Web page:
This one’s a bit of a head-scratcher: Sony (SNE) is buying Gracenote for $260 million. Gracenote supplies the track names and other information on a CD when it’s played on a computer. The company is also working on a DVD information database, and a way of identifying copyrighted material in online videos, the AP reports.
Sony Corp. of America VP of software Tim Schaaff said that Gracenote’s platforms will help Sony “significantly enhance and accelerate its own digital content, service, and device initiatives.”
Particularly interesting: This is the Sony mothership buying the company, not the Sony-BMG music JV, and not Sony ATV music publishing, both of which might seem more natural fits for the service. But a nugget we happened to glean today makes the deal make a little more conceptual sense: While most consumers interact with Gracenote when they try to get track information from Apple’s iTunes (AAPL), we’re told that Gracenote is now making most of its money from deals with auto companies, which bundle the service in with high-end audio packages.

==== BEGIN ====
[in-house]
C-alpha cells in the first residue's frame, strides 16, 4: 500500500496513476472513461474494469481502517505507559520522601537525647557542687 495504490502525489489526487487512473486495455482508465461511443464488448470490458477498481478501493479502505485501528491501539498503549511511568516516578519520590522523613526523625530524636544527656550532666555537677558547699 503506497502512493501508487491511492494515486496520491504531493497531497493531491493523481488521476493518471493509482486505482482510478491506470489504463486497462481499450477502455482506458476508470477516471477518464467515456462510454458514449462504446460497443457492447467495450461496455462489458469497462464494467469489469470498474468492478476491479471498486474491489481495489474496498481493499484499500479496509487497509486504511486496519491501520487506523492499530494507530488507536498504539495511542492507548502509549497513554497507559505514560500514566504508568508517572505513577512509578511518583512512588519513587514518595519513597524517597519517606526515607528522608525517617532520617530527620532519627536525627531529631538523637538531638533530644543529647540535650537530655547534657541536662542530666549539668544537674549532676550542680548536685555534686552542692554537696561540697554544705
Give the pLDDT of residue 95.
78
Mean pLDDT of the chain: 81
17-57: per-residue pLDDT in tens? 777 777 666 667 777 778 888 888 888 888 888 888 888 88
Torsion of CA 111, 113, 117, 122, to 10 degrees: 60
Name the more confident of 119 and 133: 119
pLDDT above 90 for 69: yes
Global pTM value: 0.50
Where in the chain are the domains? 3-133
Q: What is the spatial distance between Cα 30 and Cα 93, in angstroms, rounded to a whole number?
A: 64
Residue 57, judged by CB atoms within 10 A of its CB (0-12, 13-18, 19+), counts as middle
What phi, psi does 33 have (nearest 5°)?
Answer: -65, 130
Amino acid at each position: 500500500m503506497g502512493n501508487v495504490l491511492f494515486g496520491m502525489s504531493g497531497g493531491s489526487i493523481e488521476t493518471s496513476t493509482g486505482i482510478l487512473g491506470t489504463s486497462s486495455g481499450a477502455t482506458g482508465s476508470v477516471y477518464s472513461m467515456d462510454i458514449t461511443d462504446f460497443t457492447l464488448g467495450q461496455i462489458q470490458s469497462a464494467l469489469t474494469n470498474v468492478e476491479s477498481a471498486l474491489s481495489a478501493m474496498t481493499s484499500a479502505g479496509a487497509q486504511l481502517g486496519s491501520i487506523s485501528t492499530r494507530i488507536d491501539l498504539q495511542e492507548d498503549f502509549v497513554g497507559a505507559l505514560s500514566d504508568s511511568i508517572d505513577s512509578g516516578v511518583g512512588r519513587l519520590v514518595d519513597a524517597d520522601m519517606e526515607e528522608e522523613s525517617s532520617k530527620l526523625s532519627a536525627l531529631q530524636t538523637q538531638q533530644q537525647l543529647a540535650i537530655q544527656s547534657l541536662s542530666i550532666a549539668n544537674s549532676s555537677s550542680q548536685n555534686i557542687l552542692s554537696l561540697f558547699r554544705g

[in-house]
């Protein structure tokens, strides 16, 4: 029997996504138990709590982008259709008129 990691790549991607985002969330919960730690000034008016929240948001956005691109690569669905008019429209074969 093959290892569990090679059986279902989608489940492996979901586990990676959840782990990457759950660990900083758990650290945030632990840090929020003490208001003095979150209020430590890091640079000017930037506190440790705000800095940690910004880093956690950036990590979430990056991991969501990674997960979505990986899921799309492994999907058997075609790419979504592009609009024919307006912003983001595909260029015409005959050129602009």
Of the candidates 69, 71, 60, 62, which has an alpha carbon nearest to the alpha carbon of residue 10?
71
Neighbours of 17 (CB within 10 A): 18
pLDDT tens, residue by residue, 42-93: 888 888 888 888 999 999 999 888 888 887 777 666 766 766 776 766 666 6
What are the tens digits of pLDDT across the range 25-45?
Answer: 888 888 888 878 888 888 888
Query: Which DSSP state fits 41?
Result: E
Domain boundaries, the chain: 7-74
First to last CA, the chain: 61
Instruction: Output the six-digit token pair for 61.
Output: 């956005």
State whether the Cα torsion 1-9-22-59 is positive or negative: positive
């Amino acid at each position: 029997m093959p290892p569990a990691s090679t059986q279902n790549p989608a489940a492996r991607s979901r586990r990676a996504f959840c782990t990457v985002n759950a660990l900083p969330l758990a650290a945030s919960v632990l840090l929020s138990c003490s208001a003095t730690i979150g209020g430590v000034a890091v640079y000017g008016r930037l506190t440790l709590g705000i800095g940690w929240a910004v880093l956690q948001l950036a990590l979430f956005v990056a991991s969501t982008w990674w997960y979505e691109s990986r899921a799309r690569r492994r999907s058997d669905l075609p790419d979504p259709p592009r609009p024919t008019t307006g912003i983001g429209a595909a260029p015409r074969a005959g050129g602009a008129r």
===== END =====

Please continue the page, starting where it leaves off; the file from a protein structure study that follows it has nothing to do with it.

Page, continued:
So we’re assuming here that Sony sees the value of bundling Gracenote with its own electronics business — which is of course vastly bigger than its middling music company.
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